List By Jake Courage, co-founder of the edtech company, 42courses.com and avid reader, author & car fanatic
How concerned should we be about Artificial Intelligence? Regardless of whether you believe in a doomsday scenario or a more positive vision of putting your feet up whilst obedient robots attend to your every wish, the fact is AI is here to stay. And the pace of its development is accelerating. Whilst there is no consensus amongst the world’s experts as to how far away we are from AI surpassing human intelligence, it is clear that almost every industry is going to be affected in the near term by increasing reliance on AI technologies.
If you’re interested in knowing how the different scenarios might pan out and what you can do to prepare yourself for them, then these five books are a great place to start.
It’s pretty clear to whom the prize for the most alarmist title for a book about AI should go. Barrat’s agenda is clear from the start: we should all be very concerned about the speed of development of AI and its potential impact on humanity.
The author admits that he started off with a more accepting view of the potential benefits but, as he probed deeper, soon realised the importance of having a healthy skepticism about the future. This is a shared concern for many of the world’s top AI scientists, as well as Elon Musk, who named Our Final Invention as one of five books everyone should read about the future. As a counter balance to the techno-utopian view of ‘friendly’ AI, this book is worth your time. Even if it is a little frightening.
Superintelligence: Paths, Dangers, Strategies by Nick Bostrom
The focus of this illuminating read is whether or not we can solve the ‘superintelligence control problem’ before it’s too late. I.e. can we design AI in such a way that when it does overtake us, it’ll do so in a manner that’s benign?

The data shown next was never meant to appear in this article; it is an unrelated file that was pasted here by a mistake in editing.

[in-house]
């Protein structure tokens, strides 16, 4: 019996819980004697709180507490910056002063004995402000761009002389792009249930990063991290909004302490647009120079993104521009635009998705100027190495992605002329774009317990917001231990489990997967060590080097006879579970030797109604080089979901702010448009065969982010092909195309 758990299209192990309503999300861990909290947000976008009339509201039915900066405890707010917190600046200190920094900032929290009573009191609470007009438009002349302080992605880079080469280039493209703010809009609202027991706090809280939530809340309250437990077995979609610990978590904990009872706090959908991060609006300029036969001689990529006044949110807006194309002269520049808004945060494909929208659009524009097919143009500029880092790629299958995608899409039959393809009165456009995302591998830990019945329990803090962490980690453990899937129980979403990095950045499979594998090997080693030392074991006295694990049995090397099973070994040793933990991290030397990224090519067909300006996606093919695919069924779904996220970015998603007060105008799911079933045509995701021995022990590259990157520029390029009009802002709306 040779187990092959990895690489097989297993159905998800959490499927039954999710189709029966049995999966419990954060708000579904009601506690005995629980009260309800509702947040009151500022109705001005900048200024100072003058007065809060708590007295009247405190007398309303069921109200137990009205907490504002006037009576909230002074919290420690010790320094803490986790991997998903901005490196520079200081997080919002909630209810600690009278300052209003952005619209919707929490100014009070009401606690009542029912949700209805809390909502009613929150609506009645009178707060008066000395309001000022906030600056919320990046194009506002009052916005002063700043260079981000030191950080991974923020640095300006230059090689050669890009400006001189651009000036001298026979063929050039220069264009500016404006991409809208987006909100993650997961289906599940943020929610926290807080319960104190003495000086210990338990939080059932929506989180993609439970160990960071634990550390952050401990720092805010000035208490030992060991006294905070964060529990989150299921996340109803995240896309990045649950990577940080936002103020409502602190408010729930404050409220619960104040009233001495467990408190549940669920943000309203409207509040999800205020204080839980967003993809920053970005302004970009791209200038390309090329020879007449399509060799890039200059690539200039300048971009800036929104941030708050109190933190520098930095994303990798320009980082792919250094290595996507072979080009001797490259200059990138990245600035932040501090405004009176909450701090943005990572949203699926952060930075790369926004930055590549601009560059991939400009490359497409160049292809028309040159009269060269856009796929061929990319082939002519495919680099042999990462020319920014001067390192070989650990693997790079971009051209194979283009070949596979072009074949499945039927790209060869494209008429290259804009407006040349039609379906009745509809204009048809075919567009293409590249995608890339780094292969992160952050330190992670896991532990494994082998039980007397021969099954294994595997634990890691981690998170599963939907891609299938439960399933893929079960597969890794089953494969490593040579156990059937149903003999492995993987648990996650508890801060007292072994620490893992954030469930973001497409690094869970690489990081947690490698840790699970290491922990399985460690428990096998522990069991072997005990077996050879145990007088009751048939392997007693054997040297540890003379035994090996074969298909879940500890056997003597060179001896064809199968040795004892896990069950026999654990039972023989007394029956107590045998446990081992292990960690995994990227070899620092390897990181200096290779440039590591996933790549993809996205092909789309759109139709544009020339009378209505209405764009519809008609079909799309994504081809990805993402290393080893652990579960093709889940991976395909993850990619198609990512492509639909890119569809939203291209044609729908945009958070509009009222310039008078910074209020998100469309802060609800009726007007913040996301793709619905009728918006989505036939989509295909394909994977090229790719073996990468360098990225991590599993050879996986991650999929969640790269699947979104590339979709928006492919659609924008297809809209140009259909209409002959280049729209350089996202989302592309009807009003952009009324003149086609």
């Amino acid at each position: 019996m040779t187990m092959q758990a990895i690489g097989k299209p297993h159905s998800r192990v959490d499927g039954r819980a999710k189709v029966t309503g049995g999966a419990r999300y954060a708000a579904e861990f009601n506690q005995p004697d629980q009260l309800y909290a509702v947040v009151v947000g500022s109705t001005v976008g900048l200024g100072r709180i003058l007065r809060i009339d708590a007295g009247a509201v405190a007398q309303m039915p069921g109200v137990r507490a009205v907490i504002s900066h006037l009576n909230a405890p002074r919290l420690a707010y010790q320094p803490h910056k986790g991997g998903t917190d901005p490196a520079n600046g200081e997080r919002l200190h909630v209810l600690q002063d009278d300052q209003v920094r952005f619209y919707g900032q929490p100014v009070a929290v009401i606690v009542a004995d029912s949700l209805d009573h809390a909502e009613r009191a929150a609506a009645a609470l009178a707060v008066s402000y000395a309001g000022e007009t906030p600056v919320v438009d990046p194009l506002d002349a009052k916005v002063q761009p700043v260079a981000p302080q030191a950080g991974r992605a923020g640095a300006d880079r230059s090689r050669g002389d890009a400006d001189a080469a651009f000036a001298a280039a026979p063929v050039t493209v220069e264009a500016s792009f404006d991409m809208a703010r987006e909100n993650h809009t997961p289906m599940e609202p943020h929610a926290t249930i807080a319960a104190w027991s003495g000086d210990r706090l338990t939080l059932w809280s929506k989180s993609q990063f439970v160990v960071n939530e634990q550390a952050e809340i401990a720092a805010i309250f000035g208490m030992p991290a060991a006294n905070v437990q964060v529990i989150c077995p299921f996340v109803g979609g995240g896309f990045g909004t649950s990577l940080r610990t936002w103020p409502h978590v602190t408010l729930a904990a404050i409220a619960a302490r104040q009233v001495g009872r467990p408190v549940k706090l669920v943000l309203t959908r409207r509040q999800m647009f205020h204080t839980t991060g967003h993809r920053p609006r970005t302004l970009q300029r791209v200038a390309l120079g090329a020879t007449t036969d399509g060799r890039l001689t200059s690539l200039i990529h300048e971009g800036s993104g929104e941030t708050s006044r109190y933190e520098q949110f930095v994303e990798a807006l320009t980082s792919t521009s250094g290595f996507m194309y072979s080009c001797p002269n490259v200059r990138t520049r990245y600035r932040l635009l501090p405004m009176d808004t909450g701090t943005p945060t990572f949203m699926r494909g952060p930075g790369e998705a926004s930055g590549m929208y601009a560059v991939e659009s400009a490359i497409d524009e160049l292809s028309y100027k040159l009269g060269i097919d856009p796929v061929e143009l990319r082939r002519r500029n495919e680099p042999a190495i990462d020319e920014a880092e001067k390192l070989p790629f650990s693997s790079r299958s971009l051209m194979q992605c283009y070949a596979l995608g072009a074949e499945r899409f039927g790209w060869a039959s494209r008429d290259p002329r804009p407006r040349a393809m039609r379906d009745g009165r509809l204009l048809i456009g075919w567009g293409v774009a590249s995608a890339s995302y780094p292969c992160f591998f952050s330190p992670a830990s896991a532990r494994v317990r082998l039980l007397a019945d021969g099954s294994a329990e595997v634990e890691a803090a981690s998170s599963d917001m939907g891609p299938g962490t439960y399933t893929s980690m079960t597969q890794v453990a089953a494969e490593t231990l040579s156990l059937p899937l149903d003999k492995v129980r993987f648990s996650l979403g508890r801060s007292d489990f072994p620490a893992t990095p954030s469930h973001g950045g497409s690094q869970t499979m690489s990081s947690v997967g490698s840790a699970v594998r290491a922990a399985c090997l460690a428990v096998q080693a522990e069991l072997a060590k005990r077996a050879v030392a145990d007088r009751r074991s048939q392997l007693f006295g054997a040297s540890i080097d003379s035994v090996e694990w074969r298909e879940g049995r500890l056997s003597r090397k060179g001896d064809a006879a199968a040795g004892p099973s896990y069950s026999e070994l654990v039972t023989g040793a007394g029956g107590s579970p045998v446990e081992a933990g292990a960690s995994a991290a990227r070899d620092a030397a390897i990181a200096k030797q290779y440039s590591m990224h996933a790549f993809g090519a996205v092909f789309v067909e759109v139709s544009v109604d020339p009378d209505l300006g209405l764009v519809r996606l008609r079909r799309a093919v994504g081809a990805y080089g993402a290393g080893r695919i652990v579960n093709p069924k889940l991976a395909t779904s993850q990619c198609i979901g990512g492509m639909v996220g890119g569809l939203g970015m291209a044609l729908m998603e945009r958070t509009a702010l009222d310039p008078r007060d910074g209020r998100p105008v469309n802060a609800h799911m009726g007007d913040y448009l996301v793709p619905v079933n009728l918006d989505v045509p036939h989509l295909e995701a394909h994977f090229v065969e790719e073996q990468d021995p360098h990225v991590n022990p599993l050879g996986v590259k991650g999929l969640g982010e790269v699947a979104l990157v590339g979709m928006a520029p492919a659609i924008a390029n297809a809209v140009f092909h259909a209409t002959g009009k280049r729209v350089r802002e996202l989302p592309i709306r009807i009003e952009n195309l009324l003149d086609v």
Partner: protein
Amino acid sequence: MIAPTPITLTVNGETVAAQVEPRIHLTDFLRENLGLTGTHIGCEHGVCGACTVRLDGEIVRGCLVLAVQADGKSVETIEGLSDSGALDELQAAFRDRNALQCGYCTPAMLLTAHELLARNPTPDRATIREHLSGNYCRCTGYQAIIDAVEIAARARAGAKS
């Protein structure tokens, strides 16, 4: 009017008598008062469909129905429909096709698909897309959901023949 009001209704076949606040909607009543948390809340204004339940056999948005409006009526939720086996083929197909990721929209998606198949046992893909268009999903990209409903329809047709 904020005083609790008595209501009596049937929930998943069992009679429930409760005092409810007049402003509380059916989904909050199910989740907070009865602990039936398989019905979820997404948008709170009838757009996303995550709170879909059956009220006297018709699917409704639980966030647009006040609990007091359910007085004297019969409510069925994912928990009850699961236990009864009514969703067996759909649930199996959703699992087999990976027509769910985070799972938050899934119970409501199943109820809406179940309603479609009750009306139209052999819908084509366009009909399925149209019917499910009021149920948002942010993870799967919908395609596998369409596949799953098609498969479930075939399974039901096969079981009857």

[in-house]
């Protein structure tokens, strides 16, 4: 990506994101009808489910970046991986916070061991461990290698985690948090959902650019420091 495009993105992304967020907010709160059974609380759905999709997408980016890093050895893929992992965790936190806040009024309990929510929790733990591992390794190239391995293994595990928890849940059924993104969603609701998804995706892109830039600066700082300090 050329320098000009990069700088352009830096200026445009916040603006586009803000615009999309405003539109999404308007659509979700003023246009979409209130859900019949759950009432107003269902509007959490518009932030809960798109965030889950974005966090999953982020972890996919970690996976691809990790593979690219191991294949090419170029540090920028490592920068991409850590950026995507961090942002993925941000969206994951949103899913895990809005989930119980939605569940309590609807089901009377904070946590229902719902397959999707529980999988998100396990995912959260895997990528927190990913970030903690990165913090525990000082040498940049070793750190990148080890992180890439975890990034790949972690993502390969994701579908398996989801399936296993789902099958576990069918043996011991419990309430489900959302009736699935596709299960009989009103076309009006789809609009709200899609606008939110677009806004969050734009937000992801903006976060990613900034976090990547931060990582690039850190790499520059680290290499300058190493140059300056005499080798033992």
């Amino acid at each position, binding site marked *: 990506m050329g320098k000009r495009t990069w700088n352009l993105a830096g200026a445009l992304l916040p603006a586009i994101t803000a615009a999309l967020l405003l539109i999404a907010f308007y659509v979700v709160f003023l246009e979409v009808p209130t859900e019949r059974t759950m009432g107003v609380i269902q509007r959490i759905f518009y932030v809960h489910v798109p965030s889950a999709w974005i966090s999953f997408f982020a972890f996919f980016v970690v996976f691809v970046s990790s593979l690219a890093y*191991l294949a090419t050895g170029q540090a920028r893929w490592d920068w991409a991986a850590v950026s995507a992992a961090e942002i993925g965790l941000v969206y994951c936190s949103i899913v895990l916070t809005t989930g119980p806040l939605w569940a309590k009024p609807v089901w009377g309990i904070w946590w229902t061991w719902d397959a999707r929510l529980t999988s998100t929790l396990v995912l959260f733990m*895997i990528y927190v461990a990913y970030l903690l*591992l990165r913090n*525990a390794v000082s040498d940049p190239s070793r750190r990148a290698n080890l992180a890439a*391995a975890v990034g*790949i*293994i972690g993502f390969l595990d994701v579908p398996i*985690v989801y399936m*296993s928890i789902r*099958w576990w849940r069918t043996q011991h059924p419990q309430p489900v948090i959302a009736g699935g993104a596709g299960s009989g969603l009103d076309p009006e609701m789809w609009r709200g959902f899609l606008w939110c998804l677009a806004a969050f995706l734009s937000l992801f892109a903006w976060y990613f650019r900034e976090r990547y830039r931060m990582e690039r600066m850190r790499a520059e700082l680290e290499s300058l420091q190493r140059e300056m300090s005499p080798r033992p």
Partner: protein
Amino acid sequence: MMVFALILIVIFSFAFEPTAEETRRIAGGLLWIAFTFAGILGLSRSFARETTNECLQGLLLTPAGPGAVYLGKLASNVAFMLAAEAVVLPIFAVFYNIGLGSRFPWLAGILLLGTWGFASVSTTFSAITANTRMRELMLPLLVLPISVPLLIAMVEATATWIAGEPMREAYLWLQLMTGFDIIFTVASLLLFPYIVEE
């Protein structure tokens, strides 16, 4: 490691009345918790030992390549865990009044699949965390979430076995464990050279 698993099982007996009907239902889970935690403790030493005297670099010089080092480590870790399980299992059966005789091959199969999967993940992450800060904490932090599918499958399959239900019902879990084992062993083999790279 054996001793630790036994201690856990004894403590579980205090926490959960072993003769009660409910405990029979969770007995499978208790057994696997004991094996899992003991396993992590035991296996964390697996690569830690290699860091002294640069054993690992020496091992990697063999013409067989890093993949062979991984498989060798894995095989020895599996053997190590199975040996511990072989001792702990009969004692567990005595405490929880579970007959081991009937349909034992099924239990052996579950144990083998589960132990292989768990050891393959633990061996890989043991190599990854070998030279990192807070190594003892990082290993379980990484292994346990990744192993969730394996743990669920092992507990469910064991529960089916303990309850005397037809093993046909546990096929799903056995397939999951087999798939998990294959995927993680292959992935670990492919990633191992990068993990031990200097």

As the author puts it, ‘…as the fate of the gorillas now depends more on us humans than on the gorillas themselves, so the fate of our species would depend on the actions of the machine superintelligence.’ As a New York Times bestseller, this book was key in fuelling the public debate about AI.
Life 3.0: Being Human in the Age of Artificial Intelligence by Max Tegmark
Tegmark is a professor of physics at MIT and a key AI influencer. His book examines both the near-future impacts of AI on topics as diverse as jobs, law and weaponry, as well as looking at how things might look once machines overtake human intelligence.
Whilst some of these scenarios like ‘1984’ and ‘Zookeeper’ don’t sound particularly appetising, Tegmark argues that without our involvement early on we will have little power to shape things in a more positive direction. Given he’s a brainy physicist, it is a bit heavy going in places, but the final two chapters about goal setting and consciousness make for a riveting read.
Deep Thinking: Where Machine Intelligence Ends and Human Creativity Begins by Garry Kasparov
At the start of his career, no computer programme could touch him. In his twilight years, the roles were reversed and his defeat by IBM’s Deep Blue in 1997 is considered a watershed moment in the development of AI.
It’s full of touching anecdotes and, as a reader, you’re left feeling that Kasparov remains in the optimistic camp despite the humbling personal defeat.
Artificial Intelligence: A Modern Approach by Peter Norvig
Fortunately, it’s also an accessible book for the layman and offers a comprehensive account of AI theory and practice.
It is probably the best book for those interested in starting at the very beginning and coming away with a strong grounding in this fast changing and century defining subject.
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